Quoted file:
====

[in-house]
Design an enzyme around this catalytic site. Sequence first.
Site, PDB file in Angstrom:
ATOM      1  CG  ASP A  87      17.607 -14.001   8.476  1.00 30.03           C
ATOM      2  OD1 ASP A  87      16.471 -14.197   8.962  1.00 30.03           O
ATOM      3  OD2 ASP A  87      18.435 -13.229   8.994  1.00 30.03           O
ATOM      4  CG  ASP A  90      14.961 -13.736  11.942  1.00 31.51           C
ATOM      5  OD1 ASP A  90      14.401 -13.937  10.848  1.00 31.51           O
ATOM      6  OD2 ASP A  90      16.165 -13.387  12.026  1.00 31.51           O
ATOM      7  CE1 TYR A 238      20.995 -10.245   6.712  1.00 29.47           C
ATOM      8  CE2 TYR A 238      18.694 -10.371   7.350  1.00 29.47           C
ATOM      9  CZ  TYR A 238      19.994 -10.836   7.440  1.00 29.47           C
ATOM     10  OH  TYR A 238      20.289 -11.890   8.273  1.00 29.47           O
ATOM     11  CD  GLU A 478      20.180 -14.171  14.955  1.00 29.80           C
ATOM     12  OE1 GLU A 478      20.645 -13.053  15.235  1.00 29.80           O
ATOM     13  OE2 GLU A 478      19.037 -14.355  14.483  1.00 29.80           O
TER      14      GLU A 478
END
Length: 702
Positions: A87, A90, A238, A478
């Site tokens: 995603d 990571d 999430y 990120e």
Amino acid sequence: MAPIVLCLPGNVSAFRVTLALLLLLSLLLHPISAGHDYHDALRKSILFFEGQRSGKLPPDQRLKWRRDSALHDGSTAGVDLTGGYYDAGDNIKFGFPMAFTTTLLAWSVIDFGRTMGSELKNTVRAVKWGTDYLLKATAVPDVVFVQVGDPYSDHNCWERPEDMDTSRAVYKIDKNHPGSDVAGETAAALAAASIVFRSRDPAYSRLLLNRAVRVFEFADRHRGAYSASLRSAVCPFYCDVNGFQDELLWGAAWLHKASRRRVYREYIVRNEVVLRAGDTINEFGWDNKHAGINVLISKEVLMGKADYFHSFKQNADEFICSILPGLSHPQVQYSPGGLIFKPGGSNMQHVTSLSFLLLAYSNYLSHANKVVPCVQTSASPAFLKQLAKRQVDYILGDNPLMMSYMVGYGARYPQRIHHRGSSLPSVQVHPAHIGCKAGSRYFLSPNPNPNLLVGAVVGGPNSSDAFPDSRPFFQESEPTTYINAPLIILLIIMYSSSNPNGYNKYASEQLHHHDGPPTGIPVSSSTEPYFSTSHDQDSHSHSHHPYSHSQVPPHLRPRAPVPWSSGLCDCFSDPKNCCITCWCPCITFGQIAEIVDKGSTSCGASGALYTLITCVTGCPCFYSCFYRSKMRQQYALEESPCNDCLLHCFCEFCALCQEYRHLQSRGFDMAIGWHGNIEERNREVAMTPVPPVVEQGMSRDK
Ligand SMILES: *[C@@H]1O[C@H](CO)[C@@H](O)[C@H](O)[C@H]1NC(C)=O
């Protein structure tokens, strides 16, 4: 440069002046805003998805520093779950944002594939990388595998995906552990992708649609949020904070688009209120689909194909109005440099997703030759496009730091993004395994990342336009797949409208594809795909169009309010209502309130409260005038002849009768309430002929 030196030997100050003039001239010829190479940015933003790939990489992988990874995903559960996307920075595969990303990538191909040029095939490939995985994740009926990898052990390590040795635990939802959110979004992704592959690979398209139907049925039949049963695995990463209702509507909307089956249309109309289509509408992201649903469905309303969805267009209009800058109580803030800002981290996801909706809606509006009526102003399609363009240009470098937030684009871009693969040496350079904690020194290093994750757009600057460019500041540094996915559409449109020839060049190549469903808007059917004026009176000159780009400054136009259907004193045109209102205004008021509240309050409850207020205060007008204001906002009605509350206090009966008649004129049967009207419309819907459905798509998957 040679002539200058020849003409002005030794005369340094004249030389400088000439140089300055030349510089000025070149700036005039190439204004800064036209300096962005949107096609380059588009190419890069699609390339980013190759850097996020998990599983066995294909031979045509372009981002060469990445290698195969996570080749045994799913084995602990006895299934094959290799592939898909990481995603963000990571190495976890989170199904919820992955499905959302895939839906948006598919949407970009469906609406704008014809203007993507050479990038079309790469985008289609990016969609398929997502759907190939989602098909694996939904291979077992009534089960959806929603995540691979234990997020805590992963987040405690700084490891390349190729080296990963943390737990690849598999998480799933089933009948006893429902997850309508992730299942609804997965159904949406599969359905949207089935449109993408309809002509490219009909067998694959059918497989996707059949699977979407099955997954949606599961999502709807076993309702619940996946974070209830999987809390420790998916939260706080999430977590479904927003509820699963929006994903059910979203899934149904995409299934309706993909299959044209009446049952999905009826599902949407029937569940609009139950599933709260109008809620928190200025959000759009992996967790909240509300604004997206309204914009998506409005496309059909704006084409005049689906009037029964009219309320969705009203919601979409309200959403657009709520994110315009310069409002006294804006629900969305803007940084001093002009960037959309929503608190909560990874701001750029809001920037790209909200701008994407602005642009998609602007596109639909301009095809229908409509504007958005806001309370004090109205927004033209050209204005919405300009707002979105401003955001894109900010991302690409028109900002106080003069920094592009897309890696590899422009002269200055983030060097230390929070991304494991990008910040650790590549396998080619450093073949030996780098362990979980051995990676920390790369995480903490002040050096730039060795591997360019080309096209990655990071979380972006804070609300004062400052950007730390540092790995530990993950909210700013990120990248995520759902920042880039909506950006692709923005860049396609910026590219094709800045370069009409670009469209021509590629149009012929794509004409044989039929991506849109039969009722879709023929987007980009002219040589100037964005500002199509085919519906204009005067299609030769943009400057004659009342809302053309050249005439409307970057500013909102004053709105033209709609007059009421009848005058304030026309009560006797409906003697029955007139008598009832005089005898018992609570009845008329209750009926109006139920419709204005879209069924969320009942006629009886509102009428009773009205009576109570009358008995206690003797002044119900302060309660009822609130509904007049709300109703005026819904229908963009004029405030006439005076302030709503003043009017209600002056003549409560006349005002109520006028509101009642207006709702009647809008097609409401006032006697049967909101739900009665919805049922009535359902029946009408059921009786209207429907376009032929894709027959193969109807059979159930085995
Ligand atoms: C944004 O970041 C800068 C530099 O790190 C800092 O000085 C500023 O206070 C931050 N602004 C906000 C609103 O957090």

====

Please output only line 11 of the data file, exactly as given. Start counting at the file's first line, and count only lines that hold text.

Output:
ATOM      8  CE2 TYR A 238      18.694 -10.371   7.350  1.00 29.47           C